Markets in Asia opened higher on Monday, just hours after the polls closed in France and showed a decisive victory by the centrist presidential candidate Emmanuel Macron.
Japan’s Nikkei 225 rose about 1.8 percent in the first hour of trading, and the yen’s value remained about the same, at 112.75 to the dollar. Australian shares bumped up slightly as well, with the S.&P./ASX200 index rising about 0.65 percent early on. China was an outlier; stocks in Shanghai dipped, with the SSEC and CSI3000 indexes falling about 0.4 percent at the open.
Shares in South Korea rose about 0.55 percent in the morning. That country’s presidential election — held after the impeachment of former President Park Geun-hye — will be on Tuesday.
Markets in Asia were also reacting to a strong jobs report in the United States on Friday, which suggested the global economy was on solid footing even as it reinforced the case for the United States Federal Reserve to continue building on recent interest rate increases.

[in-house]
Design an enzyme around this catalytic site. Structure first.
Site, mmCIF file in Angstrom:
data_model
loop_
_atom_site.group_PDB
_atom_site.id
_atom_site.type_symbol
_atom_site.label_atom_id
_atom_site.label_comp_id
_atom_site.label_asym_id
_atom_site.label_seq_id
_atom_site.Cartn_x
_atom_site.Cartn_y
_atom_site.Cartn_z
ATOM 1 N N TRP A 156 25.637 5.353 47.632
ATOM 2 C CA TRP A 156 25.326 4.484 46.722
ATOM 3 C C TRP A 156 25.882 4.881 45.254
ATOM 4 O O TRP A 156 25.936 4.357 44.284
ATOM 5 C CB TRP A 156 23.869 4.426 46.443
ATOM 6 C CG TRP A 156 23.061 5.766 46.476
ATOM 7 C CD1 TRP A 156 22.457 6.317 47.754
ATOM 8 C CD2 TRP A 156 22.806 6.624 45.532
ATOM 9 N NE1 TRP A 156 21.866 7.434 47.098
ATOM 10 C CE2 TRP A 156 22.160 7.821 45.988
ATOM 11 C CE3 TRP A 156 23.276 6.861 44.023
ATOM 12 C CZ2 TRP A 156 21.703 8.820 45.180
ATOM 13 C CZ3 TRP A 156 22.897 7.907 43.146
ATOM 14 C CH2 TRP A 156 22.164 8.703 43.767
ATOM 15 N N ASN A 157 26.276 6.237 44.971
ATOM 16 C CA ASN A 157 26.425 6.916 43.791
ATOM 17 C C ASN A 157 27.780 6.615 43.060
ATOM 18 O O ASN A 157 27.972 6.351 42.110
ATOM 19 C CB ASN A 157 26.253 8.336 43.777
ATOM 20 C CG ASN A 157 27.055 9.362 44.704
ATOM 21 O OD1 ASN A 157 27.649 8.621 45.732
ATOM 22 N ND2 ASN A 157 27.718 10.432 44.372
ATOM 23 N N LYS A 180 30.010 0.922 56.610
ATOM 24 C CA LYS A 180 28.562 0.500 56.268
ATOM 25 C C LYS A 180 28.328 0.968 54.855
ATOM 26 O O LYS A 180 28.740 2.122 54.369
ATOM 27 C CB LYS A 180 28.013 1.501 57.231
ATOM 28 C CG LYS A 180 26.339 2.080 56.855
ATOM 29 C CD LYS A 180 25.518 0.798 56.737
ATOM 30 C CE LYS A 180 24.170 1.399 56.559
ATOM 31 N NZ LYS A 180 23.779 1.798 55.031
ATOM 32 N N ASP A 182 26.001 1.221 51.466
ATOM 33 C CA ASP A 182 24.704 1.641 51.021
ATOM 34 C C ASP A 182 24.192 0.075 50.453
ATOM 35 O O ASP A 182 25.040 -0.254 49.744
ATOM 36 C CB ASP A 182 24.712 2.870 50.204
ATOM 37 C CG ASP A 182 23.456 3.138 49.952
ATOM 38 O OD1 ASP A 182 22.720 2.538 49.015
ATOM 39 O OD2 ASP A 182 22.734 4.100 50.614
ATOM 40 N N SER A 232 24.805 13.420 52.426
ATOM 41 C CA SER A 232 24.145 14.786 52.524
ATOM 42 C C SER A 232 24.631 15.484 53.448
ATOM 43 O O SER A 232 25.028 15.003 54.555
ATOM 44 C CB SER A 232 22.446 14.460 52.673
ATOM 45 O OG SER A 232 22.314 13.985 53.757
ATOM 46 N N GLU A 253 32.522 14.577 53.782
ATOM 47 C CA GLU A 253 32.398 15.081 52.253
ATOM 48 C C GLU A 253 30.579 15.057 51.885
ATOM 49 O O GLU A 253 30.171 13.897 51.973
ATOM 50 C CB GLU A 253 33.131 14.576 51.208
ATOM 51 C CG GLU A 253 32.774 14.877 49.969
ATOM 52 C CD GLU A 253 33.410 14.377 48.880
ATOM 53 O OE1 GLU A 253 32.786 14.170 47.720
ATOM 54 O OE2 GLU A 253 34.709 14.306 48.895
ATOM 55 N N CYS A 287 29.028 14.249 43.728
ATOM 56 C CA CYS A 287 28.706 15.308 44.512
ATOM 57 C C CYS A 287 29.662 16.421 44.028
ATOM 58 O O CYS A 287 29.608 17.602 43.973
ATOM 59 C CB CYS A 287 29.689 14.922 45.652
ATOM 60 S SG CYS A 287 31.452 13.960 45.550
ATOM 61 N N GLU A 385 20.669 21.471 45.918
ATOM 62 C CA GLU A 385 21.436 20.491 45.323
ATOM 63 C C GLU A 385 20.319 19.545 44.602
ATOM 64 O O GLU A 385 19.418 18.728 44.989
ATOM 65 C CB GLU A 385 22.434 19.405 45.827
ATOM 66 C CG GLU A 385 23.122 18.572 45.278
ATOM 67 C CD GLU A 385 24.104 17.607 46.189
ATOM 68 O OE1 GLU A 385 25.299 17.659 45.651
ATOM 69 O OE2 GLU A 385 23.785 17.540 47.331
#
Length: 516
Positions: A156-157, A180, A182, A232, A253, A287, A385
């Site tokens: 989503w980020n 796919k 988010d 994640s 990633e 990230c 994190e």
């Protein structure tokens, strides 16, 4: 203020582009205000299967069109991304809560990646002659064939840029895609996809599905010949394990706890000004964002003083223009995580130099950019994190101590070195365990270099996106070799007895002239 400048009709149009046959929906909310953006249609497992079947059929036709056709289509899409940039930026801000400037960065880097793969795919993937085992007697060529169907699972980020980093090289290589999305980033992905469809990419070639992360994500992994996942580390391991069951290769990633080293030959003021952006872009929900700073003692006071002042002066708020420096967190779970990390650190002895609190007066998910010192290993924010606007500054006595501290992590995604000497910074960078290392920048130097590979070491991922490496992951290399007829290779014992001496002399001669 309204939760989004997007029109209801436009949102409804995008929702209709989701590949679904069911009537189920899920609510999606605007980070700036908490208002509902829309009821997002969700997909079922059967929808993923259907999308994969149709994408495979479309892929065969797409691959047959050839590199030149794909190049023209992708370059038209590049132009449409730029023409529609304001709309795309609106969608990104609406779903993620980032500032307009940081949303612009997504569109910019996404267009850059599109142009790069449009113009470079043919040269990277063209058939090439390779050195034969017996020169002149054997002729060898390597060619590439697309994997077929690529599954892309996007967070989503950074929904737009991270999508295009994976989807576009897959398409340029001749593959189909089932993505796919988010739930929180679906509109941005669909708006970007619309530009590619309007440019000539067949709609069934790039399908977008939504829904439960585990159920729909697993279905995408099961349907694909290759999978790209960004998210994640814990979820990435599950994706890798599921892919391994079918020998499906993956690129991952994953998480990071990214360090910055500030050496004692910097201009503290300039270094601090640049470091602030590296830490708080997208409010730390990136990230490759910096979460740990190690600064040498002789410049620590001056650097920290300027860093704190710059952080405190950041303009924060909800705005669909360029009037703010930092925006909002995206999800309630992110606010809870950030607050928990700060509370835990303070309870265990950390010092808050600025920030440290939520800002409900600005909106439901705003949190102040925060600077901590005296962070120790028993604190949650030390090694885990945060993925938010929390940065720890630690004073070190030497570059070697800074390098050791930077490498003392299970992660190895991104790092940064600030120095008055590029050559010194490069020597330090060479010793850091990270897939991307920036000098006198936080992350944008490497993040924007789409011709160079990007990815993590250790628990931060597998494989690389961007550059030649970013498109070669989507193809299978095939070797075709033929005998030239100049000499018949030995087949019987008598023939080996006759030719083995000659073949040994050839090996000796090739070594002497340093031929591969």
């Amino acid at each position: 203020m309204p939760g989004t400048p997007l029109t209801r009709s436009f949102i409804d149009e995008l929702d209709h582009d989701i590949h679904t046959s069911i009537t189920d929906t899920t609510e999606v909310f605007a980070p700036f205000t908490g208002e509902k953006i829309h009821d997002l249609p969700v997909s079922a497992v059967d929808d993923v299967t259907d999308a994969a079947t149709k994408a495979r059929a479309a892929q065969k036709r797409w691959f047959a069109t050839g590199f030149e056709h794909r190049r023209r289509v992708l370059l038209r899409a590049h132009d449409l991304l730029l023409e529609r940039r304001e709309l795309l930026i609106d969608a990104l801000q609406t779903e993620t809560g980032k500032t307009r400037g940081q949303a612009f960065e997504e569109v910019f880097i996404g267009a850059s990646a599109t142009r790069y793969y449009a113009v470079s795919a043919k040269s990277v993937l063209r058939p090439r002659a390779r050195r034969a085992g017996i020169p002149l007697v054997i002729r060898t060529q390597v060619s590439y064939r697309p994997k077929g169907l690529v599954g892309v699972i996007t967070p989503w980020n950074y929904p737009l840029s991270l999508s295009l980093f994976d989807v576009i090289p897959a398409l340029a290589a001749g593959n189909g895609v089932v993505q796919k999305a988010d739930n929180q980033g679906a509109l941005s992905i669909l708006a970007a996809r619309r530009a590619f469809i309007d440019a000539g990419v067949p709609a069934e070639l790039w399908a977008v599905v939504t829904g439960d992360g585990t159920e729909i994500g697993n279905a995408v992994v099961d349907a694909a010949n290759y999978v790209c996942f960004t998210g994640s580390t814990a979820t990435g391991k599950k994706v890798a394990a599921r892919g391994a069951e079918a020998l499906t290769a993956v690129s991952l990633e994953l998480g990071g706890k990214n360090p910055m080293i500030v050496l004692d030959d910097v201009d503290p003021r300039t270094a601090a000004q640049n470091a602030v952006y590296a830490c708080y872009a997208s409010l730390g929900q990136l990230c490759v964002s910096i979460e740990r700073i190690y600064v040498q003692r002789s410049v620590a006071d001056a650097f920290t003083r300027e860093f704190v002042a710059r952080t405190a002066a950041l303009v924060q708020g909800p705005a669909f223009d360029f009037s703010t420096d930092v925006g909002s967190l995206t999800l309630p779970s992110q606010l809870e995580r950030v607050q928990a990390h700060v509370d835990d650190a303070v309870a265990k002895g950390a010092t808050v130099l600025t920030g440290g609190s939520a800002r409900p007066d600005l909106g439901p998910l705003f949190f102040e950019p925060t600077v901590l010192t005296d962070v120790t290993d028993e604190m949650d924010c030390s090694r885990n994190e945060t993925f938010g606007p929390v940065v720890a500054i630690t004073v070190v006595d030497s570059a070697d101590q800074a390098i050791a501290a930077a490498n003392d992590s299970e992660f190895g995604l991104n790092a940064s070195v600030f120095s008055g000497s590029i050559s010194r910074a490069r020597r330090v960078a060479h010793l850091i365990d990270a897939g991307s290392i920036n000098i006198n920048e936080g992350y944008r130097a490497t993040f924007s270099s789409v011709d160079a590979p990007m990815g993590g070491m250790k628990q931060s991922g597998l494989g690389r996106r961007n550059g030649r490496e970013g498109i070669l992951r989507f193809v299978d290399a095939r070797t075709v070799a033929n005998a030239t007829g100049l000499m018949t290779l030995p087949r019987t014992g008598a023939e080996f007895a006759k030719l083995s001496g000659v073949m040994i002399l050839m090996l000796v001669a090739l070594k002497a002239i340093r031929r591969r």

Currency traders in Asia said a muted euro movement meant markets appeared to have priced in the Macron victory already. But the upcoming election in South Korea was still a source of uncertainty.
“The election seems to be on won investors’ minds, and the possible implications that may or may not have with U.S. and China relations,” Stephen Innes, a senior trader in Singapore Oanda, said in a text message.
The New York Times
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